Three City Council members representing both Brooklyn and Manhattan believe the Brooklyn Bridge needs to fatten up. Citing tight quarters along the pedestrian and bicycle paths, the members proposed Tuesday to widen the upper-level platform for tourists and commuters.
The New York Times reports that Brooklyn Councilman Stephen Levin suggested that “the engineering and ideas community” could be enlisted to widen the artery by as much as three times its current span, perhaps through a competition organized by local design groups.
Likewise, Councilman Brad Lander of Brooklyn, believes that “just looking at how the path goes around the buttresses gives you a sense that a wider path is feasible. If it can widen out there, surely we can find a way to widen it out elsewhere.” Councilwoman Margaret Chin, who represents the Manhattan side, also attended the event on Tuesday to lend support.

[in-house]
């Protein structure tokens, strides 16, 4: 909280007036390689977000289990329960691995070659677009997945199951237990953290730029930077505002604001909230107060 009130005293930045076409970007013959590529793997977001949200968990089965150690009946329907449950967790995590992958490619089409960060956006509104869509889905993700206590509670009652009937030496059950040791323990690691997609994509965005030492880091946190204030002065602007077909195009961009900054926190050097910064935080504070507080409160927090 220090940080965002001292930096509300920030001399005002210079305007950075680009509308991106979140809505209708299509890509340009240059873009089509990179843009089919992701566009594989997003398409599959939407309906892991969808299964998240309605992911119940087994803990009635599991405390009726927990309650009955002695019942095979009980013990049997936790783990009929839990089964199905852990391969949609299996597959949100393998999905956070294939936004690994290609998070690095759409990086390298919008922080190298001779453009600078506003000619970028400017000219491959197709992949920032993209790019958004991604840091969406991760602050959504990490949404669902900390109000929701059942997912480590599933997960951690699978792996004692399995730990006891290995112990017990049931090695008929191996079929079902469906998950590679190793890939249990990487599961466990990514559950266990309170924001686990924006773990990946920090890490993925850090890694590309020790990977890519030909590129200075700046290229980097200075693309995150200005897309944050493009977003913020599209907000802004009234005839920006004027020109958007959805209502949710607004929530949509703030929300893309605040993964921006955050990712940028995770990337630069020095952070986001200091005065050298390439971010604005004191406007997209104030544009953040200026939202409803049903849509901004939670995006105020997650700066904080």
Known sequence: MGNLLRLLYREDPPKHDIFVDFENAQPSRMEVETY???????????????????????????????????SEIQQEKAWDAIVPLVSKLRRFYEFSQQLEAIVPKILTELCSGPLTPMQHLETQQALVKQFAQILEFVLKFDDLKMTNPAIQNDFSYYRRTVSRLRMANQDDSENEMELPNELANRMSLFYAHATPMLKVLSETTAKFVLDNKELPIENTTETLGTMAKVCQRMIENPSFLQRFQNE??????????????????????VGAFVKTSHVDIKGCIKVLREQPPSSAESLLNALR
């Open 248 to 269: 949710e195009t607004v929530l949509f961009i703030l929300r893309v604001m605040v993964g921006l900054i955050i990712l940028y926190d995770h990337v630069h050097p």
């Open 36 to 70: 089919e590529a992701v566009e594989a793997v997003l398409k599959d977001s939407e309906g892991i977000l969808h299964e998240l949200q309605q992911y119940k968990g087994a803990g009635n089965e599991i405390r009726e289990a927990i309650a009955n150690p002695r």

Lander’s office says the city Transportation Department has not yet been consulted about a possible plan, though Seth Solomonow, a spokesman for the Transportation Department, said the city shares their “interest in enhancing safety and accommodating the growing number of people crossing this iconic transportation hub and tourist destination.” Any proposed designs “would be part of a long-term look at improving bridge access and safety,” he said.
The width of the main portion of the 129-year-old Bridge’s pathway varies between 8 and 16 feet. A bike lane on the bridge can comfortably fit only one rider in many areas, though traffic is intended to flow in both directions. The council members cited a Transportation Department estimate that 4,000 pedestrians and 3,100 cyclists cross the bridge each day.